In a little town in the heart of Mexico, a long time ago a lightning bolt hit an agave plant. It cooked the plant and later the local people found that the cooked fermented plant produced a sweet juice that made them feel good. Ages later that little town was named Tequila and the drink was too. When we visited this little gem, we thought it would just be a simple fun time learning about how the world famous liquor was made at the main headquarters in Mexico, but what we did not realize is that the drink, and the town have an incredibly rich history and culture. The visit to the town turned into a truly memorable experience after we spent the day on the VIP
Category Archives: History
The Richardson Highway that we took down to Valdez, Alaska is one long, meandering curve after another. Barely a stretch of straight road created awe-inspiring vistas that seemed to just spring-up of nowhere. One second we were driving along the road with tall trees and colorful wildflowers by our sides, the next second our eyes were popping out of our heads trying to comprehend the magnificence of a stunning sight of sun beams bathing massive, jagged snow-covered peaks that somehow just appeared in front of us. That stretch of highway was made for the gods, I do believe.
At a minimum, I would like to think that my grasp of world geography has received a nice shot in the arm as a result of our expedition. I can not even begin to estimate the number of hours I have spent over the last two years studying maps, guidebooks, and web pages as we planned
In Acapulco we made sure to stop and see the famous cliff divers at La Quebrada. It was an impressive sight to behold.
Lately, there have been too many good photos to only choose one for the week. This is the largest structure amongst the Mayan Ruins of Caracol. From this viewpoint you can’t even see the final climb as there are three more pyramids on top of this one. The Mayans must have been in very good shape cause we were all huffing and puffing at the top of the steps. But at the top the view is priceless.
I am pretty sure that most people have no idea that there is a pretty heated border dispute going on between Belize and Guatemala. I had no idea. No one in the crew had any idea. But while the world moves on and focuses on other more pressing conflicts, the problems between Belize and Guatemala continue, sometimes with violent ramifications.
Although leaving Ecuador was a 4 hour nightmare, the happenstance of arriving in Colombia on January 6th, however was a giddy dream come true!
We had been warned about a potential delay at the border, but for whatever reason we had somewhat dismissed those warnings until, in line, after a full hour we hadn’t moved one inch. The best part was that we were waiting outside, in the sun, just miles from the equator. There were actually two lines on each side of the immigration building; one for those leaving Ecuador and one for those arriving. The lines merged not so gracefully together at the guarded front door, and 4 hours later we were in (albeit at the back of another line), only to come face to face with 3 unimpressed immigration employees behind the only three desks. Business as usual, I suppose.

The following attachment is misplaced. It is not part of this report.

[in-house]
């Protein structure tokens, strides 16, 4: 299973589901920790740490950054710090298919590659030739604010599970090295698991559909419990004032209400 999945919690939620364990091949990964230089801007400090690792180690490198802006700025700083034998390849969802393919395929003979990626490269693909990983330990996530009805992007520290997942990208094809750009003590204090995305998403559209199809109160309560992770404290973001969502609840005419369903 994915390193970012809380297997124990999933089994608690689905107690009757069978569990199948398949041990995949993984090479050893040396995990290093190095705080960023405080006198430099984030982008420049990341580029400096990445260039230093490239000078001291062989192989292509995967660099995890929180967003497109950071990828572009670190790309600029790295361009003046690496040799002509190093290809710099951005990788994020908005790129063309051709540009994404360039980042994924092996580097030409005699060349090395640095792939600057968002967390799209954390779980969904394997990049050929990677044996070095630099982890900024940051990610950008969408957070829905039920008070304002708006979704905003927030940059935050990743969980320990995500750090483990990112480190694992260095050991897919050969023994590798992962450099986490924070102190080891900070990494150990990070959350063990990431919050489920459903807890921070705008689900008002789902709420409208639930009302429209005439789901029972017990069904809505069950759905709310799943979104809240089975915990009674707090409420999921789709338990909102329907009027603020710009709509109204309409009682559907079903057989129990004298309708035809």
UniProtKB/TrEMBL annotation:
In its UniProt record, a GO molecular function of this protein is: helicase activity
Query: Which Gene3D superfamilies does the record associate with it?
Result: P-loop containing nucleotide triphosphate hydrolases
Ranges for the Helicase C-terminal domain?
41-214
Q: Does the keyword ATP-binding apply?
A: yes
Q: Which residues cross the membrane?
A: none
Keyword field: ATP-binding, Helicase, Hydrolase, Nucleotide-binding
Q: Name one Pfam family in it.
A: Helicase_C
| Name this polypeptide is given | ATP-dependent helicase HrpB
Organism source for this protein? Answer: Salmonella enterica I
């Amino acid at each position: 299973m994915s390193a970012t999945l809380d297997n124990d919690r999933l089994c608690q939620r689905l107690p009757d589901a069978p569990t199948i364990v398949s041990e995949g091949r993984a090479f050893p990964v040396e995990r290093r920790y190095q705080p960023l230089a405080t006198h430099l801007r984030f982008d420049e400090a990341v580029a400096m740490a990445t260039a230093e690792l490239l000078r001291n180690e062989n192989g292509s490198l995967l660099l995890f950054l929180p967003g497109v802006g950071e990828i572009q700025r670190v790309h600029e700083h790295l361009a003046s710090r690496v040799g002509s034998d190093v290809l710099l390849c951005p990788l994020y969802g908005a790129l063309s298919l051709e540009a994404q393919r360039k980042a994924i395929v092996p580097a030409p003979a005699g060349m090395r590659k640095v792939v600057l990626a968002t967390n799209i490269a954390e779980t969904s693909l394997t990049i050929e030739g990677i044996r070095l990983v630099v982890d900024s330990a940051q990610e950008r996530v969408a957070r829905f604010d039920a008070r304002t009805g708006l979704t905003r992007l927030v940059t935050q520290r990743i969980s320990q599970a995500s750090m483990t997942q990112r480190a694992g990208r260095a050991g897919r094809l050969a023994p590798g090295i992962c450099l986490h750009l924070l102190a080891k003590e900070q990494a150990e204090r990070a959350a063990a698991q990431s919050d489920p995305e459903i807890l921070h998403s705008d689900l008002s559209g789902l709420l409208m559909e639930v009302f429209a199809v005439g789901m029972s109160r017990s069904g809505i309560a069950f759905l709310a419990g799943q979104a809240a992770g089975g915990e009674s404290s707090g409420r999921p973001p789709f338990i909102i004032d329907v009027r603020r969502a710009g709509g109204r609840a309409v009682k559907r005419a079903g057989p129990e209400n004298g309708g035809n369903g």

Machu Picchu, The Lost City of the Incas, one of the seven wonders of the world. The name Machu Picchu alone conjures up romantic images of exploration and historical discovery. Unfortunately for me, Machu Picchu only aroused a mild level of excitement, mostly due to its aforementioned notoriety.
“Okay, mas rapido por favor,” Melissa said jokingly to the group. The guide turned and said, “Do you have somewhere you need to be this afternoon?” At this point we were already 5 levels deep in a Bolivian mine at 13,500 ft.
Having your own mode of transportation has a lot of benefits. We have said countless times that there is no substitute for having the ability to explore a country free of the constraints of public transportation and on your own schedule. When you have your own transportation, I believe you become a lot more aware of your surroundings, especially the small details that might blur by the window of a bus or a train. One thing that I have noticed a lot of here in South America are roadside shires. If you ask any of the other members on the expedition, they might actually go as far as suggesting that I have become obsessed by these roadside tributes, especially when I slam on the brakes to go and take a closer look at them.